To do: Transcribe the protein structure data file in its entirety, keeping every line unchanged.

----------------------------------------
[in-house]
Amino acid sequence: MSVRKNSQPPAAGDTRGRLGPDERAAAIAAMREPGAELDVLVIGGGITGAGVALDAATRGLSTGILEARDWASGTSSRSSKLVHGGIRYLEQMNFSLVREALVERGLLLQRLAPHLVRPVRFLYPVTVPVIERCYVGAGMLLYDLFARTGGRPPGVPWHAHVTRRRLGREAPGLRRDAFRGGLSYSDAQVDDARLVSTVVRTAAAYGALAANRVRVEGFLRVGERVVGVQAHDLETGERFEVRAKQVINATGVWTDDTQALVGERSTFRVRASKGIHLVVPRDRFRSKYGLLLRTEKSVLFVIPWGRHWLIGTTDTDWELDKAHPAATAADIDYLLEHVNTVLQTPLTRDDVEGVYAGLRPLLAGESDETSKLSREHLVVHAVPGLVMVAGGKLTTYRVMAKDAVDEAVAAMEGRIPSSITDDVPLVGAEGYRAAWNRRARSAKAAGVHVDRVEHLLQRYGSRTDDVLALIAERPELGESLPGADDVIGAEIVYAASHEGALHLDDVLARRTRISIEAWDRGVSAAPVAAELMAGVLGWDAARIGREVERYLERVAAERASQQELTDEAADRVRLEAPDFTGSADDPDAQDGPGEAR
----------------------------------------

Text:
[in-house]
Amino acid sequence: MSVRKNSQPPAAGDTRGRLGPDERAAAIAAMREPGAELDVLVIGGGITGAGVALDAATRGLSTGILEARDWASGTSSRSSKLVHGGIRYLEQMNFSLVREALVERGLLLQRLAPHLVRPVRFLYPVTVPVIERCYVGAGMLLYDLFARTGGRPPGVPWHAHVTRRRLGREAPGLRRDAFRGGLSYSDAQVDDARLVSTVVRTAAAYGALAANRVRVEGFLRVGERVVGVQAHDLETGERFEVRAKQVINATGVWTDDTQALVGERSTFRVRASKGIHLVVPRDRFRSKYGLLLRTEKSVLFVIPWGRHWLIGTTDTDWELDKAHPAATAADIDYLLEHVNTVLQTPLTRDDVEGVYAGLRPLLAGESDETSKLSREHLVVHAVPGLVMVAGGKLTTYRVMAKDAVDEAVAAMEGRIPSSITDDVPLVGAEGYRAAWNRRARSAKAAGVHVDRVEHLLQRYGSRTDDVLALIAERPELGESLPGADDVIGAEIVYAASHEGALHLDDVLARRTRISIEAWDRGVSAAPVAAELMAGVLGWDAARIGREVERYLERVAAERASQQELTDEAADRVRLEAPDFTGSADDPDAQDGPGEAR